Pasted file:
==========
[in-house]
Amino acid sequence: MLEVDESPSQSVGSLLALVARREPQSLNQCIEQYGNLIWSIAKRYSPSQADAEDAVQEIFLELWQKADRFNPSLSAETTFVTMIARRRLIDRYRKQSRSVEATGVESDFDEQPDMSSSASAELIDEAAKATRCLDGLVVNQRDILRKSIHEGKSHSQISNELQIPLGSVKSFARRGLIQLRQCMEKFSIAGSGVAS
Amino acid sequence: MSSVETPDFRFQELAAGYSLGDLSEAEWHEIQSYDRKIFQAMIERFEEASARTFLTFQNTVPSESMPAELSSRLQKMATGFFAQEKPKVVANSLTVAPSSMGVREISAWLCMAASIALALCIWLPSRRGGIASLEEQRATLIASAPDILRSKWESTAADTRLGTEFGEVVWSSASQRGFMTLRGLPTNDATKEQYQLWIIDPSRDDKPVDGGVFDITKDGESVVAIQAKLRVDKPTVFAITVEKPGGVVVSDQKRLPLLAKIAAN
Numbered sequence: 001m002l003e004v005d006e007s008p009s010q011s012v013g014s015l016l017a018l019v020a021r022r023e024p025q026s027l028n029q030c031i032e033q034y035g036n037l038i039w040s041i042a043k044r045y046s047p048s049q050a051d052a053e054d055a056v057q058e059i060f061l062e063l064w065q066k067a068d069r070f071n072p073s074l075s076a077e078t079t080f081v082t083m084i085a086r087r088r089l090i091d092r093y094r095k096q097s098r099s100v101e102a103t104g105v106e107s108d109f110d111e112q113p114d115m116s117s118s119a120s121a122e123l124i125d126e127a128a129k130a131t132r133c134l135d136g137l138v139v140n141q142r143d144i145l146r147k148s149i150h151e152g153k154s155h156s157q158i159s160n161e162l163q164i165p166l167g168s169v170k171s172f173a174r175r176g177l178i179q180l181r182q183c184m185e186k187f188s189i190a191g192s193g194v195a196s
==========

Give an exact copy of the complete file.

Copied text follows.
[in-house]
Amino acid sequence: MLEVDESPSQSVGSLLALVARREPQSLNQCIEQYGNLIWSIAKRYSPSQADAEDAVQEIFLELWQKADRFNPSLSAETTFVTMIARRRLIDRYRKQSRSVEATGVESDFDEQPDMSSSASAELIDEAAKATRCLDGLVVNQRDILRKSIHEGKSHSQISNELQIPLGSVKSFARRGLIQLRQCMEKFSIAGSGVAS
Amino acid sequence: MSSVETPDFRFQELAAGYSLGDLSEAEWHEIQSYDRKIFQAMIERFEEASARTFLTFQNTVPSESMPAELSSRLQKMATGFFAQEKPKVVANSLTVAPSSMGVREISAWLCMAASIALALCIWLPSRRGGIASLEEQRATLIASAPDILRSKWESTAADTRLGTEFGEVVWSSASQRGFMTLRGLPTNDATKEQYQLWIIDPSRDDKPVDGGVFDITKDGESVVAIQAKLRVDKPTVFAITVEKPGGVVVSDQKRLPLLAKIAAN
Numbered sequence: 001m002l003e004v005d006e007s008p009s010q011s012v013g014s015l016l017a018l019v020a021r022r023e024p025q026s027l028n029q030c031i032e033q034y035g036n037l038i039w040s041i042a043k044r045y046s047p048s049q050a051d052a053e054d055a056v057q058e059i060f061l062e063l064w065q066k067a068d069r070f071n072p073s074l075s076a077e078t079t080f081v082t083m084i085a086r087r088r089l090i091d092r093y094r095k096q097s098r099s100v101e102a103t104g105v106e107s108d109f110d111e112q113p114d115m116s117s118s119a120s121a122e123l124i125d126e127a128a129k130a131t132r133c134l135d136g137l138v139v140n141q142r143d144i145l146r147k148s149i150h151e152g153k154s155h156s157q158i159s160n161e162l163q164i165p166l167g168s169v170k171s172f173a174r175r176g177l178i179q180l181r182q183c184m185e186k187f188s189i190a191g192s193g194v195a196s